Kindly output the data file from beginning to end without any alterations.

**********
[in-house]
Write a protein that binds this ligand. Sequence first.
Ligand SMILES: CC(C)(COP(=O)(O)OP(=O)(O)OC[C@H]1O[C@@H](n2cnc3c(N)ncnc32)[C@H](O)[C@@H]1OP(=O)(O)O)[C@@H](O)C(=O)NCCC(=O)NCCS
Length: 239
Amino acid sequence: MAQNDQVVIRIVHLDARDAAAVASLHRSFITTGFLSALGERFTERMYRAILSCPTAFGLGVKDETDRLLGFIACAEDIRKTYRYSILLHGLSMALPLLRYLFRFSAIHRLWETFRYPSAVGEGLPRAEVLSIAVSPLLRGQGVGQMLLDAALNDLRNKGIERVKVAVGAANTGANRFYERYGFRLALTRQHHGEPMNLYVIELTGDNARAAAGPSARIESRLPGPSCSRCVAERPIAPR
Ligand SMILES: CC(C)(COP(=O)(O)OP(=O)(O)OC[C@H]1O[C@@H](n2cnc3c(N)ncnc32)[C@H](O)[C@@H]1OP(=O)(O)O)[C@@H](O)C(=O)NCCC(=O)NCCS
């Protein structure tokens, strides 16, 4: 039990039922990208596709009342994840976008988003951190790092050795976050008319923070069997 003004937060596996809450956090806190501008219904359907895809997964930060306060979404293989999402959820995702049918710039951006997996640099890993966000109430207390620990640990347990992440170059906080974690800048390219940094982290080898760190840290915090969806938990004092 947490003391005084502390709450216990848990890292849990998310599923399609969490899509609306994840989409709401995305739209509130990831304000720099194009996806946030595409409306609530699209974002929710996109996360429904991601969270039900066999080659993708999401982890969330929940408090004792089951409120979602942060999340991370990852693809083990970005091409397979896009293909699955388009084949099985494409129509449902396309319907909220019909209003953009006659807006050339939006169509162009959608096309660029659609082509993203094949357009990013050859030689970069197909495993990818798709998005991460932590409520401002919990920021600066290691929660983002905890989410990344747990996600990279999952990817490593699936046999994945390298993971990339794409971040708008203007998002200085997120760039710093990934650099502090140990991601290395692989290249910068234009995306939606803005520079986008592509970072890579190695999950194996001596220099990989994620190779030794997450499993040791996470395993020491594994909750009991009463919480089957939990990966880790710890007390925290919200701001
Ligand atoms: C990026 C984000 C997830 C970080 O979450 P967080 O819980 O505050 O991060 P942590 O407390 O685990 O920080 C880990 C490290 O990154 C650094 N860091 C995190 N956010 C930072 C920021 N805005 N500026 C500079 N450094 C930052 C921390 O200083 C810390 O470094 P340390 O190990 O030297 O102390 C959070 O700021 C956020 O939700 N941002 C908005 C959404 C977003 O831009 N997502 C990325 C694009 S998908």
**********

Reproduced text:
[in-house]
Write a protein that binds this ligand. Sequence first.
Ligand SMILES: CC(C)(COP(=O)(O)OP(=O)(O)OC[C@H]1O[C@@H](n2cnc3c(N)ncnc32)[C@H](O)[C@@H]1OP(=O)(O)O)[C@@H](O)C(=O)NCCC(=O)NCCS
Length: 239
Amino acid sequence: MAQNDQVVIRIVHLDARDAAAVASLHRSFITTGFLSALGERFTERMYRAILSCPTAFGLGVKDETDRLLGFIACAEDIRKTYRYSILLHGLSMALPLLRYLFRFSAIHRLWETFRYPSAVGEGLPRAEVLSIAVSPLLRGQGVGQMLLDAALNDLRNKGIERVKVAVGAANTGANRFYERYGFRLALTRQHHGEPMNLYVIELTGDNARAAAGPSARIESRLPGPSCSRCVAERPIAPR
Ligand SMILES: CC(C)(COP(=O)(O)OP(=O)(O)OC[C@H]1O[C@@H](n2cnc3c(N)ncnc32)[C@H](O)[C@@H]1OP(=O)(O)O)[C@@H](O)C(=O)NCCC(=O)NCCS
């Protein structure tokens, strides 16, 4: 039990039922990208596709009342994840976008988003951190790092050795976050008319923070069997 003004937060596996809450956090806190501008219904359907895809997964930060306060979404293989999402959820995702049918710039951006997996640099890993966000109430207390620990640990347990992440170059906080974690800048390219940094982290080898760190840290915090969806938990004092 947490003391005084502390709450216990848990890292849990998310599923399609969490899509609306994840989409709401995305739209509130990831304000720099194009996806946030595409409306609530699209974002929710996109996360429904991601969270039900066999080659993708999401982890969330929940408090004792089951409120979602942060999340991370990852693809083990970005091409397979896009293909699955388009084949099985494409129509449902396309319907909220019909209003953009006659807006050339939006169509162009959608096309660029659609082509993203094949357009990013050859030689970069197909495993990818798709998005991460932590409520401002919990920021600066290691929660983002905890989410990344747990996600990279999952990817490593699936046999994945390298993971990339794409971040708008203007998002200085997120760039710093990934650099502090140990991601290395692989290249910068234009995306939606803005520079986008592509970072890579190695999950194996001596220099990989994620190779030794997450499993040791996470395993020491594994909750009991009463919480089957939990990966880790710890007390925290919200701001
Ligand atoms: C990026 C984000 C997830 C970080 O979450 P967080 O819980 O505050 O991060 P942590 O407390 O685990 O920080 C880990 C490290 O990154 C650094 N860091 C995190 N956010 C930072 C920021 N805005 N500026 C500079 N450094 C930052 C921390 O200083 C810390 O470094 P340390 O190990 O030297 O102390 C959070 O700021 C956020 O939700 N941002 C908005 C959404 C977003 O831009 N997502 C990325 C694009 S998908």